You might use your Mac to keep your music and photo collections organised, upload a blog to your web space, or keep in touch with friends and family through email. However you use yours, most of us have some of our most cherished memories stored on our hard drives.
All of which means it's essential to keep those precious files backed up, just in case a hard disk failure strikes your system. Until the release of Mac OS X 10.5 (Leopard), backing up was left to the individual Mac user. With Leopard, however, Apple introduced Time Machine, which you might call 'backup for the rest of us'.
The first time you plug an external FireWire or USB 2.0 hard disk into your Mac you'll be asked if you want to use it as your Time Machine backup disk. If you do, click Use as backup disk, and Time Machine will automatically take over.
However, it's a good idea to find out more about how Time Machine ticks so that you can fine-tune it to your exact requirements. You might, for instance, want to change the interval between backups, or perhaps exclude certain folders from being backed up in the first place.
The first thing you should know about Time Machine is that the external hard disk you use needs to be formatted in a specific way in order to work properly; if you don't do this, backups might stop when the amount of data backed up reaches around the 10GB mark. Many manufacturers – LaCie and Western Digital, for instance – make a selection of products specifically targeted at Mac users that offer plug-and-play capability, while other products might be more suited to use with Windows, unless you reformat them first.
If you're at all unsure when buying a disk for use with Time Machine, check the specification. Once you have the disk you can use Mac OS X's Disk Utility to confirm that the disk will work properly and make changes to the formatting if needed. Here's how:
1) With the disk plugged into your Mac, launch Disk Utility (from Applications > Utilities).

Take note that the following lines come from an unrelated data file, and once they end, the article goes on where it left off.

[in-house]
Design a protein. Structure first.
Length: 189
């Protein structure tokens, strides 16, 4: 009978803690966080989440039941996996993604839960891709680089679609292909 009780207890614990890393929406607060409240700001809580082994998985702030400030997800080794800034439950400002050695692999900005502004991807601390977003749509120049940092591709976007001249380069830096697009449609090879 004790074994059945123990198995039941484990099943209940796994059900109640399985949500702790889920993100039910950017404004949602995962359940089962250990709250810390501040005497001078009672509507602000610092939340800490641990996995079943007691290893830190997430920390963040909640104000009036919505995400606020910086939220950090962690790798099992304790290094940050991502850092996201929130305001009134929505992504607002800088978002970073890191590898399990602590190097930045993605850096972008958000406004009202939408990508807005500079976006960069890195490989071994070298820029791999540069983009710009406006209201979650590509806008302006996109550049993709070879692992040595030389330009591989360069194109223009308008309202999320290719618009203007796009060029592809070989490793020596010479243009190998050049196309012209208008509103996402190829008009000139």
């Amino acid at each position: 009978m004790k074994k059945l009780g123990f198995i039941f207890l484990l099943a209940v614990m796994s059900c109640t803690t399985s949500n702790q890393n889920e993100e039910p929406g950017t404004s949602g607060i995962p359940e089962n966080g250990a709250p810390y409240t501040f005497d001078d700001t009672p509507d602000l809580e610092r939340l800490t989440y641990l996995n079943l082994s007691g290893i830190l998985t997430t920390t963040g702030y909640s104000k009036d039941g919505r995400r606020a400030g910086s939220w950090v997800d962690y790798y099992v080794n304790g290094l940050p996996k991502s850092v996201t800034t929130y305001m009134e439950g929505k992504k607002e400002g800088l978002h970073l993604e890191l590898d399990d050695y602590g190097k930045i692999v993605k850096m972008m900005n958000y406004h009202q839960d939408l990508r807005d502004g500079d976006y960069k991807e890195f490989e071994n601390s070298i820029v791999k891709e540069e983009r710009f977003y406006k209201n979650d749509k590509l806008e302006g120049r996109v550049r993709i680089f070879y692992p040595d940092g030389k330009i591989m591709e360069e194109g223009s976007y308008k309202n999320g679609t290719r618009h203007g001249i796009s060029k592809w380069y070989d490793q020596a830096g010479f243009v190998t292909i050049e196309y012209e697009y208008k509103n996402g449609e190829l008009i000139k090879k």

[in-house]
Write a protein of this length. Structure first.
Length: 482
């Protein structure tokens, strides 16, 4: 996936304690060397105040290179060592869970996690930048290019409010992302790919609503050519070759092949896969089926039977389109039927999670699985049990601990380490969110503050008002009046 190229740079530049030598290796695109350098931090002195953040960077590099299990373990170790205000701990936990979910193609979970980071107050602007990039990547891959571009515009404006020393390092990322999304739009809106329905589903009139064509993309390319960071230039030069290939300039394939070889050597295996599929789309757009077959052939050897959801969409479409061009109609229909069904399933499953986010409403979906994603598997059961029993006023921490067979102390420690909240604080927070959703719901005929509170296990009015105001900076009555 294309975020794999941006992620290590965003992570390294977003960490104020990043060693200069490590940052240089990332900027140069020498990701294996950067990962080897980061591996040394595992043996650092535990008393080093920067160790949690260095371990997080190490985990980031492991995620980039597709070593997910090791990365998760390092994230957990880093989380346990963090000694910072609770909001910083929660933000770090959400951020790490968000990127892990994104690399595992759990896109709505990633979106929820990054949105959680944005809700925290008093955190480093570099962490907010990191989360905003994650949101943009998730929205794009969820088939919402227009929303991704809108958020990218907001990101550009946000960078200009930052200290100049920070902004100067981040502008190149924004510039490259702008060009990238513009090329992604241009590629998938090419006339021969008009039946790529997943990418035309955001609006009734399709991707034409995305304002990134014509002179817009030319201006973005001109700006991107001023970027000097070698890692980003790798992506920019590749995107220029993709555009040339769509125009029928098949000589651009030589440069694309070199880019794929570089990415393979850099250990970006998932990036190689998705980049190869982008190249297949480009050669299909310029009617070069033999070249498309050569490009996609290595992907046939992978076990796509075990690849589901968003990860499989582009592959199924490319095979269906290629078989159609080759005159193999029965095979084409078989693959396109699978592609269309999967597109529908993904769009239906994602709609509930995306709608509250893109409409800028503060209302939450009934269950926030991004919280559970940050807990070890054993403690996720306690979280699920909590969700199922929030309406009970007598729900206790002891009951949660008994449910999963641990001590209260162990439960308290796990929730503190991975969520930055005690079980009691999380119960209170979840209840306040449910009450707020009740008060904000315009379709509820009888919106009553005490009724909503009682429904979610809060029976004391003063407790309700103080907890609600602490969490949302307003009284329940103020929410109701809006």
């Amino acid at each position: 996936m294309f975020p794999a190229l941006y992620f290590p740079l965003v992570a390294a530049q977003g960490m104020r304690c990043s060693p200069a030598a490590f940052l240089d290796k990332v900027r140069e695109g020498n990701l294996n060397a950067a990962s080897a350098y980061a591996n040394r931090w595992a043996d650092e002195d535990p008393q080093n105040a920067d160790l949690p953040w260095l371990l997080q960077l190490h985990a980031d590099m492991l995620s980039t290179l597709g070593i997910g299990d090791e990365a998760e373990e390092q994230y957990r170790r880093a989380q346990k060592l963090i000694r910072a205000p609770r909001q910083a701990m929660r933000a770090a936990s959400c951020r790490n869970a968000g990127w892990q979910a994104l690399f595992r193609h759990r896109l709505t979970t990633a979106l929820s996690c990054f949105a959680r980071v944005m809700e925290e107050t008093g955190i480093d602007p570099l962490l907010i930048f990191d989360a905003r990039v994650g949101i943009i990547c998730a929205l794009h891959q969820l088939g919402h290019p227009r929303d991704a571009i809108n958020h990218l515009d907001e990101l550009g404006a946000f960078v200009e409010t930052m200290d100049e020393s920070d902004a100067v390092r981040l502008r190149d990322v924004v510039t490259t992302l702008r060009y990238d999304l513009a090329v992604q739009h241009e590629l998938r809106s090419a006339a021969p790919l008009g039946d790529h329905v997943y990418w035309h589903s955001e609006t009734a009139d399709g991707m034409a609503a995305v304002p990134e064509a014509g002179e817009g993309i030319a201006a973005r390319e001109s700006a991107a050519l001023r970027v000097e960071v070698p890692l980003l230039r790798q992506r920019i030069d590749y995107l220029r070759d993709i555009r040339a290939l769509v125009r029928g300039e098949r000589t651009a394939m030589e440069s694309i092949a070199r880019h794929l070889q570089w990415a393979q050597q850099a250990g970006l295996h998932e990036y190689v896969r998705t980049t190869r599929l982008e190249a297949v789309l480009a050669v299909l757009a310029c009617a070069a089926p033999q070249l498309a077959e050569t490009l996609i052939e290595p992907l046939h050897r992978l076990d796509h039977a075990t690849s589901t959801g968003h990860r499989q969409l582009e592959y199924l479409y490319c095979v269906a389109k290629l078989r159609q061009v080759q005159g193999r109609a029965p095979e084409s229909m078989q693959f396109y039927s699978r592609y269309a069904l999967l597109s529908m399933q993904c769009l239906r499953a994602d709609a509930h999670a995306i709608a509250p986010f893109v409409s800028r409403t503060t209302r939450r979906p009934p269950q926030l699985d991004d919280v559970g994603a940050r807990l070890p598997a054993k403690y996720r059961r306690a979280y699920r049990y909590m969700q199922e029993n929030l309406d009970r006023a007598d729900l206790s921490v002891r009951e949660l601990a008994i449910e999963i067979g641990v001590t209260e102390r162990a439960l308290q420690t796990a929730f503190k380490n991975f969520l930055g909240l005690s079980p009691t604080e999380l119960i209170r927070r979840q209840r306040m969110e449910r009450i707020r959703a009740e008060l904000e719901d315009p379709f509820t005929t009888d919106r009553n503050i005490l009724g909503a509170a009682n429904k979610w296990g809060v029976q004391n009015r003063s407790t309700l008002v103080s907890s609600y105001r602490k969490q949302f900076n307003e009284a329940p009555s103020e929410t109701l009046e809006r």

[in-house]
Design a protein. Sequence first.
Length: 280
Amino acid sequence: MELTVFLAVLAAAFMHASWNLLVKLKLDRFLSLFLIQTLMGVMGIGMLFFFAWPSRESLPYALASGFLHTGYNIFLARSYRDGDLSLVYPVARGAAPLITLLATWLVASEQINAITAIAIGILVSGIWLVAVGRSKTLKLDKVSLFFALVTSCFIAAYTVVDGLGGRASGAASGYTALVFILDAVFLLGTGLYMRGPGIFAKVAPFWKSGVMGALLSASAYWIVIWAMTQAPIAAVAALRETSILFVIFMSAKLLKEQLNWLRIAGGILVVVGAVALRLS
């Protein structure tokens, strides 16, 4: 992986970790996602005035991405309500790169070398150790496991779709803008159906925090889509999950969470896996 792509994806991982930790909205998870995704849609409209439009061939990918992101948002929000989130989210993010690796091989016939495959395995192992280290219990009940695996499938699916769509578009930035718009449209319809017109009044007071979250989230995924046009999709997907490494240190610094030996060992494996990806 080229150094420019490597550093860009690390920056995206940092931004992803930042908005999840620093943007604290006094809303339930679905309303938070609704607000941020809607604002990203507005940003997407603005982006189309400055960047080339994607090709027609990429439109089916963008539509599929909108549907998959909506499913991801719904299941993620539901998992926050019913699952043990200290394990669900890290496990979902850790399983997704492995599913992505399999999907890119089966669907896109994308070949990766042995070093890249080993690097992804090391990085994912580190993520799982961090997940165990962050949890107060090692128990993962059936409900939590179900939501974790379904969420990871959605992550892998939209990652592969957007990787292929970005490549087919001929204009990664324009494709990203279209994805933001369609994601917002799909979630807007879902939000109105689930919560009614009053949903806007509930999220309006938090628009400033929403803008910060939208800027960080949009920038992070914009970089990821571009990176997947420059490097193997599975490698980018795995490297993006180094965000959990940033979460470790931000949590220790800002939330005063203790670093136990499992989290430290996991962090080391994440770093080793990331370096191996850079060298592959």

2) On the left of the Disk Utility window you'll see a column that contains icons for all the disks attached to your Mac, either internally (your Mac's startup disk, for instance) or externally. Each disk has a
physical description – for instance, '111.8GB Fujitsu' – below which (and slightly inset) will be one or more icons describing the volumes into which the disk is subdivided. Click the main physical description of your intended backup disk, and look at the status information in the bottom right-hand corner of the Disk Utility window. If you're going to use the disk with a PowerPC Mac, the Partition Map Scheme should read Apple Partition Map; if you're using it with an Intel Mac it should say GUID Partition Table. If it reads Master Boot Record, the disk has been formatted for use with a Windows PC, and must be reformatted.
3) Next, turn your attention to the formatted volume listed below the main description of your external hard disk. Click its name and check the description of its format in the bottom-left corner of the Disk Utility window. This should read Mac OS Extended. If it reads MS-DOS (FAT32), the disk must be reformatted.
A guide to preparing and using disks with Time Machine follows.
Time Machine and AirPort Disks
If you're lucky enough to have an AirPort Extreme Base Station and Mac OS X 10.4.8 or later, you can connect a USB 2.0 hard disk to the Base Station for use as an AirPort Disk for sharing files across the wireless network. Unfortunately, if you have Leopard, you can't (at the time of writing, anyway) use your AirPort Disk with Time Machine. We understand that Apple regards this as a system bug and is working on a fix; it's certainly something we'd like to see – soon!